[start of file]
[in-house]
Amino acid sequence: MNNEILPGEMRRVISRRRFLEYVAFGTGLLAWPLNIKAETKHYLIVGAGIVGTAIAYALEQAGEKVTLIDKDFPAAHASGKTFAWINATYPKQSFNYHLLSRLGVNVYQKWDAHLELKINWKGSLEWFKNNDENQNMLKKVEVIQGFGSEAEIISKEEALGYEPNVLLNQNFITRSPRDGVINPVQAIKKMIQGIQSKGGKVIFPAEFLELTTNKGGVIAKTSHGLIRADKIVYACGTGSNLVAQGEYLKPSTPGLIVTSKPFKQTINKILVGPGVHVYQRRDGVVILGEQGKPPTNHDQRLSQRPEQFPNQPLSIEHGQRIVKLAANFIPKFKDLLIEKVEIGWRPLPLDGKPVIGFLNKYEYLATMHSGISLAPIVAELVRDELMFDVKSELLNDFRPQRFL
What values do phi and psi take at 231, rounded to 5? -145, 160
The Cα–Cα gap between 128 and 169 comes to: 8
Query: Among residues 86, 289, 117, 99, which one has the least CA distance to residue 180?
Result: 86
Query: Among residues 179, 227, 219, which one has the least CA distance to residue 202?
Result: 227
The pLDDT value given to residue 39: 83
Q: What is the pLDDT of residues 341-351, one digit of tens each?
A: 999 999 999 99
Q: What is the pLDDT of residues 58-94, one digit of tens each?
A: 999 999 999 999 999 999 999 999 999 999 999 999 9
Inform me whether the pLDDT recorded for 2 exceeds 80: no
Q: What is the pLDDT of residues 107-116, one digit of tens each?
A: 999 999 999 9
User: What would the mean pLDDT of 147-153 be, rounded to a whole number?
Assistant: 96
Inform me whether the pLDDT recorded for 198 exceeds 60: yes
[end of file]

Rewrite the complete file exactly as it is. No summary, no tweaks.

[in-house]
Amino acid sequence: MNNEILPGEMRRVISRRRFLEYVAFGTGLLAWPLNIKAETKHYLIVGAGIVGTAIAYALEQAGEKVTLIDKDFPAAHASGKTFAWINATYPKQSFNYHLLSRLGVNVYQKWDAHLELKINWKGSLEWFKNNDENQNMLKKVEVIQGFGSEAEIISKEEALGYEPNVLLNQNFITRSPRDGVINPVQAIKKMIQGIQSKGGKVIFPAEFLELTTNKGGVIAKTSHGLIRADKIVYACGTGSNLVAQGEYLKPSTPGLIVTSKPFKQTINKILVGPGVHVYQRRDGVVILGEQGKPPTNHDQRLSQRPEQFPNQPLSIEHGQRIVKLAANFIPKFKDLLIEKVEIGWRPLPLDGKPVIGFLNKYEYLATMHSGISLAPIVAELVRDELMFDVKSELLNDFRPQRFL
What values do phi and psi take at 231, rounded to 5? -145, 160
The Cα–Cα gap between 128 and 169 comes to: 8
Query: Among residues 86, 289, 117, 99, which one has the least CA distance to residue 180?
Result: 86
Query: Among residues 179, 227, 219, which one has the least CA distance to residue 202?
Result: 227
The pLDDT value given to residue 39: 83
Q: What is the pLDDT of residues 341-351, one digit of tens each?
A: 999 999 999 99
Q: What is the pLDDT of residues 58-94, one digit of tens each?
A: 999 999 999 999 999 999 999 999 999 999 999 999 9
Inform me whether the pLDDT recorded for 2 exceeds 80: no
Q: What is the pLDDT of residues 107-116, one digit of tens each?
A: 999 999 999 9
User: What would the mean pLDDT of 147-153 be, rounded to a whole number?
Assistant: 96
Inform me whether the pLDDT recorded for 198 exceeds 60: yes